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Animal models of pain emphasize that small afferent input leads to a facilitated state of hyperalgesia and allodynia. Parallel experimental models in humans have been developed using quantitative sensory testing (QST) and human models using subdermal capsaicin to evoke a state of hyperalgesia and allodynia. Preclinical studies have shown that these hyperpathic states in animals are mediated by a peripheral and spinal pharmacology distinct from that which mediates acute C fiber excitation. Several characteristics are noted: i) Acute high, but not low, threshold afferent input is affected by spinal mu and alpha 2 agonists; ii) A state is induced by small afferent input which is mediated in part by spinal NMDA receptors; and iii) Injured nerves may induce a state mediated in part by spontaneous activity mediated by increased sodium channels. Using the intradermal capsaicin model, we have shown that mu agonism, NMDA receptor antagonism, and sodium channel blockade diminishes the secondary hyperalgesia with minimum effect upon acute thresholds. These experimental pain states are believed to reflect mechanisms underlying components of the post nerve injury pain state. Thus, based on hypotheses derived from our understanding of the pharmacology of afferent processing derived from preclinical work, we plan to define whether I) certain receptor and channel mechanisms influence the experimental human pain models; and 2) certain clinical pain states are mediated by mechanisms which have a comparable pharmacology to experimental human pain models and the corresponding animal model. These studies support the premise that there is a correlation of mechanisms between experimental and clinical states and that experimental models predict clinical efficacy of agents in human pain states. Thus far, these experiments have focused on the effects of single agents on human experimental pain. Future studies are focusing on refining the model to evaluate ED50 of drug potency and than to perform combination studies to determine best drug combinations for pain management.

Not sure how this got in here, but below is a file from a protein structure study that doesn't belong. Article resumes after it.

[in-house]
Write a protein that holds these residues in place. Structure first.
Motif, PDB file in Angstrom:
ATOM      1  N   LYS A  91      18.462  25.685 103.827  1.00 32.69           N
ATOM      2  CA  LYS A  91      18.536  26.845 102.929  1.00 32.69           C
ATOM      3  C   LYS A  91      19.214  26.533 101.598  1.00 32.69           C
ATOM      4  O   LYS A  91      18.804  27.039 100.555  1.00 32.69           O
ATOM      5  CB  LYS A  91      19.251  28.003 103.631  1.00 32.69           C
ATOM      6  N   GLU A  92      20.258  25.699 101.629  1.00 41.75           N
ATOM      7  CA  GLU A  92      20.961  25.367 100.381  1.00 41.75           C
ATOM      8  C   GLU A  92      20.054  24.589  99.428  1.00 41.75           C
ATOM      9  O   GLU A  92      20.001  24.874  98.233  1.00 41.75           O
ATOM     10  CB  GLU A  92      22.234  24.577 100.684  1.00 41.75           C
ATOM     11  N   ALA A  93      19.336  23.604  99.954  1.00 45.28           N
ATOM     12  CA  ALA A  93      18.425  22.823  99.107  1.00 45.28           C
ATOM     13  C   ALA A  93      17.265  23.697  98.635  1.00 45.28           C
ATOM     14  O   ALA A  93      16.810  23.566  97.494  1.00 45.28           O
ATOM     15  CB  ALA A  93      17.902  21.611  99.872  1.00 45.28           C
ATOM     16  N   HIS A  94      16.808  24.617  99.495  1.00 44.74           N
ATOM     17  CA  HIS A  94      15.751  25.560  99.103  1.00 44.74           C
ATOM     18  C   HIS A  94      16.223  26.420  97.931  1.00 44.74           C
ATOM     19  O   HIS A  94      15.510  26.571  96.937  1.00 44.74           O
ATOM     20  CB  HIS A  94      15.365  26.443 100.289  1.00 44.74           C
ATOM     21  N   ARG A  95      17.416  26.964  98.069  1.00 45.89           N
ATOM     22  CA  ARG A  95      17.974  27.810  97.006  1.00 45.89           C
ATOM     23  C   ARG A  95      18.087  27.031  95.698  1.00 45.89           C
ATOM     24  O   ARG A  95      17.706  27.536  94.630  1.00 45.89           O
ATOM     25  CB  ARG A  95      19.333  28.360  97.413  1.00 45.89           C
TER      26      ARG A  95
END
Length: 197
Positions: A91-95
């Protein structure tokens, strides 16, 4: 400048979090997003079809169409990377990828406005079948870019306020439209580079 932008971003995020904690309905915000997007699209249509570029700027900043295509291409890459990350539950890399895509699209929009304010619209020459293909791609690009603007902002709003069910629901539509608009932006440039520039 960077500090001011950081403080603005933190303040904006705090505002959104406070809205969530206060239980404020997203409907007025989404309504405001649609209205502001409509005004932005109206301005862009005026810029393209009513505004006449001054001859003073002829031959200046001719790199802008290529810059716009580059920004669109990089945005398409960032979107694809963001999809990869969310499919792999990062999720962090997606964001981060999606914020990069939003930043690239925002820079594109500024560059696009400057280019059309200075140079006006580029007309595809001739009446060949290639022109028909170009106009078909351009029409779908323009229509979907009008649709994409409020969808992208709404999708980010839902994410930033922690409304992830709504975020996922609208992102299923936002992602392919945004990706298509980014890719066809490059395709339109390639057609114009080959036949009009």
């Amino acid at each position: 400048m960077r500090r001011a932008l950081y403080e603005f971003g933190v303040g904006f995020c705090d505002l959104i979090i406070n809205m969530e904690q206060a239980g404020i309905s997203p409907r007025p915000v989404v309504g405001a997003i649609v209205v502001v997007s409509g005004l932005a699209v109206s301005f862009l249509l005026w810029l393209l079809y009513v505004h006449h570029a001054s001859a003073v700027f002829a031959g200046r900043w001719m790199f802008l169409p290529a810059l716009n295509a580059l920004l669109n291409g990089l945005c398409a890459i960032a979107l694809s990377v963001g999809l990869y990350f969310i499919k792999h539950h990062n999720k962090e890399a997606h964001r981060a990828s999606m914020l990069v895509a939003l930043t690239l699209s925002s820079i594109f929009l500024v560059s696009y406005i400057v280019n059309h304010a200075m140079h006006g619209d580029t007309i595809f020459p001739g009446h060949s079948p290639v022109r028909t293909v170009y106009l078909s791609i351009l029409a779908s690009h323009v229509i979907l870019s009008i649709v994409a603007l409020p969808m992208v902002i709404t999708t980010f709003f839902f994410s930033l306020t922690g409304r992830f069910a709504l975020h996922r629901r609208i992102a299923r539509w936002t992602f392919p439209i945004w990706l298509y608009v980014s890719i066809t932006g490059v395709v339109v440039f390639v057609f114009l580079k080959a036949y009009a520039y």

Publications (Selected From 89 Publications)
Wallace MS, Rauck RL, Deer T. Ziconotide combination intrathecal therapy: rationale and evidence. Clin J Pain. ;26:635-44,2010.
Lawson EF, Wallace MS. Current developments in intraspinal agents for cancer and noncancer pain.Curr Pain Headache Rep.14:8-16, 2010.
Modir JG, Wallace MS. Human experimental pain models. Methods Mol Biol. 617:159-174, 2010.
Burton AW, Deer TR, Wallace MS, Rauck RL, Grigsby E. Considerations and methodology for trialing ziconotide. Pain Physician.13:23-33, 2010.
Thomas JR, Wallace MS, Yocum RC, Vaughn DE, Haller MF, Flament J. The INFUSE-Morphine study: use of recombinant human hyaluronidase (rHuPH20) to enhance the absorption of subcutaneously administered morphine in patients with advanced illness. J Pain Symptom Manage. 38:663-72,2009.
Backonja M, Wallace MS, Blonsky ER, Cutler BJ, Malan P Jr, Rauck R, Tobias J; NGX-4010 C116 Study NGX-4010, a high-concentration capsaicin patch, for the treatment of postherpetic neuralgia: a randomized, double-blind study. Group. Lancet Neurol. 7:1106-12. 2008.
Wallace M, Schulteis G, Atkinson JH, Wolfson T, Lazzaretto D, Bentley H, Golaux B, Abramson I. Dose-dependent effects of smoked cannabis on capsaicin-induced pain and hyperalgesia in healthy volunteers Anesthesiol. 107:785-796, 2007.
Scanlon GC, Wallace MS, Ispirescu JS, Schulteis G. Intradermal capsaicin causes dose-dependent pain, allodynia, and hyperalgesia in humans. J Investig Med. 54:238-244, 2006.
Kumar K, Polston GR, Wallace MS. The effect of intravenous ketorolac on capsaicin-induced deep tissue hyperalgesia. Anesth. Analg 103:696-702, 2006.
Staats PS, Yearwood T, Charapata SG, Presley RW, Wallace MS, Byas-Smith M, Fisher R, Bryce DA, Mangieri EA, Luther RR, Mayo M, McGuire D, Ellis D. Intrathecal ziconotide in the treatment of refractory pain in patients with cancer or AIDS: a randomized controlled trial. JAMA.;291:63-70,2004.
Wallace MS, Barger D, Schulteis G. The effect of chronic oral desipramine on capsaicin-induced allodynia and hyperalgesia: a double-blinded, placebo-controlled, crossover study.Anesth Analg.;95:973-8, 2002.